Hi. Me again. Remember me? Yeah, the guy who used to blog here. I’m not dead yet. You might want to take a seat before I tell you this, but for the past few weeks, I’ve been on duty as a full-time Mr. Mom while putting in the occasional freelance hours in a new field I’m hoping to make into a career.
A week or two ago, I went through my dossier of blog drafts and selected about ten that I really want to polish up and post in the next few weeks, and I was going to preview them, but the window in which I was saving the links for reference closed with my browser, so now I need to go back and pick them out again. Aside from such fascinating logistical snags, as you may have heard, taking care of very small kids all day is extremely demanding and distracting. I’ve been in a heavy reading phase of late, and staying fit is essential for my sanity, so I need some time to regain my urge to blog blog, so, for now, you’ll have to get by with a dribble here.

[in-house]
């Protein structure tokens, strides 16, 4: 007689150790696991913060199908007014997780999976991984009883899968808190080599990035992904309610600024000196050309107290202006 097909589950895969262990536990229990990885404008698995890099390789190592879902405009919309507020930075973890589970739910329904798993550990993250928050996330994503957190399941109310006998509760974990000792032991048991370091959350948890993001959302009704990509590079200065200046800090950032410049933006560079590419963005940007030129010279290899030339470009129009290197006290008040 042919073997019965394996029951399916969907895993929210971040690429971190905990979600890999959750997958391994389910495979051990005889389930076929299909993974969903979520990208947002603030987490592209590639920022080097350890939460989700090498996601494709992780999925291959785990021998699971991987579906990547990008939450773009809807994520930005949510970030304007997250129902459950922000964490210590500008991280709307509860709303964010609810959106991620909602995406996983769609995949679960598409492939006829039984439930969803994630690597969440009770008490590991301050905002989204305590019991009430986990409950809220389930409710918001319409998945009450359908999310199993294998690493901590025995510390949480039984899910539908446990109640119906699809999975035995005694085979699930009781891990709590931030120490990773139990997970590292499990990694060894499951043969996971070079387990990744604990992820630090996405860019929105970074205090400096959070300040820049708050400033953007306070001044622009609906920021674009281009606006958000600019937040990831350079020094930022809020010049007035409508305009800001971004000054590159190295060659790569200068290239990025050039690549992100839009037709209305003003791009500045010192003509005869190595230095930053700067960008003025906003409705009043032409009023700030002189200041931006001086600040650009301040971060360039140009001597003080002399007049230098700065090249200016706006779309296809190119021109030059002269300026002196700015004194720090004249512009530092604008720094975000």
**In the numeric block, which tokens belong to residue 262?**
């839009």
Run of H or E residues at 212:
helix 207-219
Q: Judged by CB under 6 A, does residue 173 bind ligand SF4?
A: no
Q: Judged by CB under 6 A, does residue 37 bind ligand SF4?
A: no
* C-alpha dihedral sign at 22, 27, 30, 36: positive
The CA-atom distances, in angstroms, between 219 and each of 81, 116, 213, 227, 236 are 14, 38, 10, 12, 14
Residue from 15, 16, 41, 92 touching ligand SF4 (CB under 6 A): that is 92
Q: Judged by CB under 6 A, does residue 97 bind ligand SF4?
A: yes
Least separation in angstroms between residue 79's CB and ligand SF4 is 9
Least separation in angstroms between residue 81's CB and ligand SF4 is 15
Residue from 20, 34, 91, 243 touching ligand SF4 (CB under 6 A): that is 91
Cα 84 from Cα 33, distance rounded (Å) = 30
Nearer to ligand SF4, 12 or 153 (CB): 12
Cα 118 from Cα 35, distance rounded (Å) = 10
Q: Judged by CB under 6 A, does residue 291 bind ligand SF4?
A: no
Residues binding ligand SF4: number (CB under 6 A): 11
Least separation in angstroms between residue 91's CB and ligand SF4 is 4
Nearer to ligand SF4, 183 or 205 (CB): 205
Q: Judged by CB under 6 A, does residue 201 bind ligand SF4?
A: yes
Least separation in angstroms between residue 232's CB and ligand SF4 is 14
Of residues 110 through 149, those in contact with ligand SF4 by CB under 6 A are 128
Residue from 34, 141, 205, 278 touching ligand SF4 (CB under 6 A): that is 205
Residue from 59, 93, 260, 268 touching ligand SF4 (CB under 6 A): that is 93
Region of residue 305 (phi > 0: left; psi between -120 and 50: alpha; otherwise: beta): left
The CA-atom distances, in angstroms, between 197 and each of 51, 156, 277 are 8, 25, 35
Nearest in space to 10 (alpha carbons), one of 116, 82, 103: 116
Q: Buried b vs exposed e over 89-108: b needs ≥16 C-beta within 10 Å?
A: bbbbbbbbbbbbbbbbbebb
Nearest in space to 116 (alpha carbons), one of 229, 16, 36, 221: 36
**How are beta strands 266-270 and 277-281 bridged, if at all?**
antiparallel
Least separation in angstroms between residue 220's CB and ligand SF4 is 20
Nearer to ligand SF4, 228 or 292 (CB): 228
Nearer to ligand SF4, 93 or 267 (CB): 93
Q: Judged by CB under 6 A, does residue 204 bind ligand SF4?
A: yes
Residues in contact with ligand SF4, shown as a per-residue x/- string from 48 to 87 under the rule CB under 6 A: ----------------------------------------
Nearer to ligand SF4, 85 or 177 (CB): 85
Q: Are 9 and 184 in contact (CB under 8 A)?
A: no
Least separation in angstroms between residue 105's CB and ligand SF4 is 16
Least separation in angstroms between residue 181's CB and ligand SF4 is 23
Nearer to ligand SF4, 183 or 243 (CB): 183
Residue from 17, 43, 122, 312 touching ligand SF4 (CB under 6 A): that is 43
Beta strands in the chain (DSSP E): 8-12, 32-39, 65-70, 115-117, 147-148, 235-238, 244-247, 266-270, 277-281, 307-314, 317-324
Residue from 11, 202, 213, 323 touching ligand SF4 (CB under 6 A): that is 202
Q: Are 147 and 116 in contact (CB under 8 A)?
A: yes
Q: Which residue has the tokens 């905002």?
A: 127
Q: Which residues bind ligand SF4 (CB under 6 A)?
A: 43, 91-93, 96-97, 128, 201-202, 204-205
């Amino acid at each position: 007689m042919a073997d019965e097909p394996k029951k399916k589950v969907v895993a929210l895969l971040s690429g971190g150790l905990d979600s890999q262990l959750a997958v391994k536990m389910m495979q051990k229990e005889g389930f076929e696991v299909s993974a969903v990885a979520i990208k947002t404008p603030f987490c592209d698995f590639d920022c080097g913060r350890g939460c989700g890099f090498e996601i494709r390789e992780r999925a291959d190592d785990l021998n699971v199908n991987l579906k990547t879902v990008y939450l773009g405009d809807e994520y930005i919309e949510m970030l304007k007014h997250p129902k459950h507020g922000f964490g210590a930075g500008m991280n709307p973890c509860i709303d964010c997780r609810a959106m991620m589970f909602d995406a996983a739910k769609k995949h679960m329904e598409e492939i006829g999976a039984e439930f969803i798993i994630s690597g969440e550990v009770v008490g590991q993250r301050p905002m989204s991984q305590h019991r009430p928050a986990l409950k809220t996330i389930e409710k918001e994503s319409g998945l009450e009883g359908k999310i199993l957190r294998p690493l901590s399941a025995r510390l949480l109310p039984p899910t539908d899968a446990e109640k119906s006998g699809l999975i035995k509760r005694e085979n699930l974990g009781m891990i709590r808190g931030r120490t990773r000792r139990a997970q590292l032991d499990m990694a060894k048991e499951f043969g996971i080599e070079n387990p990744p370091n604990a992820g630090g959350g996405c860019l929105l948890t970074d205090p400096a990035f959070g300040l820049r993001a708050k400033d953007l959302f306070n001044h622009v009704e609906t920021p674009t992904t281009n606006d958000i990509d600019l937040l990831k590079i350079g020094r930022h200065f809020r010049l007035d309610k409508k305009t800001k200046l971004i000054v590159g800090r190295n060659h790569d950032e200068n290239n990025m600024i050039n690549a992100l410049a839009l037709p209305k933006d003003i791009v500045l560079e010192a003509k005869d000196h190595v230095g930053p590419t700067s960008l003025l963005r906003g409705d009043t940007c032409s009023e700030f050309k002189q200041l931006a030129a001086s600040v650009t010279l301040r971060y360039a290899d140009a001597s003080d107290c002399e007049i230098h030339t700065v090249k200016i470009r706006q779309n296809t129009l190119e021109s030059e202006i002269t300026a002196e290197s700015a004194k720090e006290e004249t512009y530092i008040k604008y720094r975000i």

I will also say that I really appreciate the conversation some of you have been having about religious liberty, and as much as I have wanted to read it all and dive in, well… small kids, weird work schedule, one-driver family, etc. All I will say for now, though, is this:
Enjoining nations to a) afford their citizens the right to practice whatever religion they prefer is not the same thing as enjoining all nations to b) promote the Catholic faith as a civic duty. Tolerance for the practice of religion (a) is logically contained within the duty to promote the Catholic religion (b), and insofar as Dignitatis Humanae stopped at that former principle (a), it failed to enunciate the fullness of the Catholic teaching on what true religious liberty is (b). A half-truth is logically equivalent to a falsehood, and Catholicism, by its very name, is opposed to half-truths and pragmatic compromise. It is the antithesis of true liberty to promote error on an equal footing with truth, for only truth sets man free. Therefore, it is the antithesis of religious liberty to bind true religion, as the pillar of civic order, by the indifferentist chains of mere, Lockean tolerance.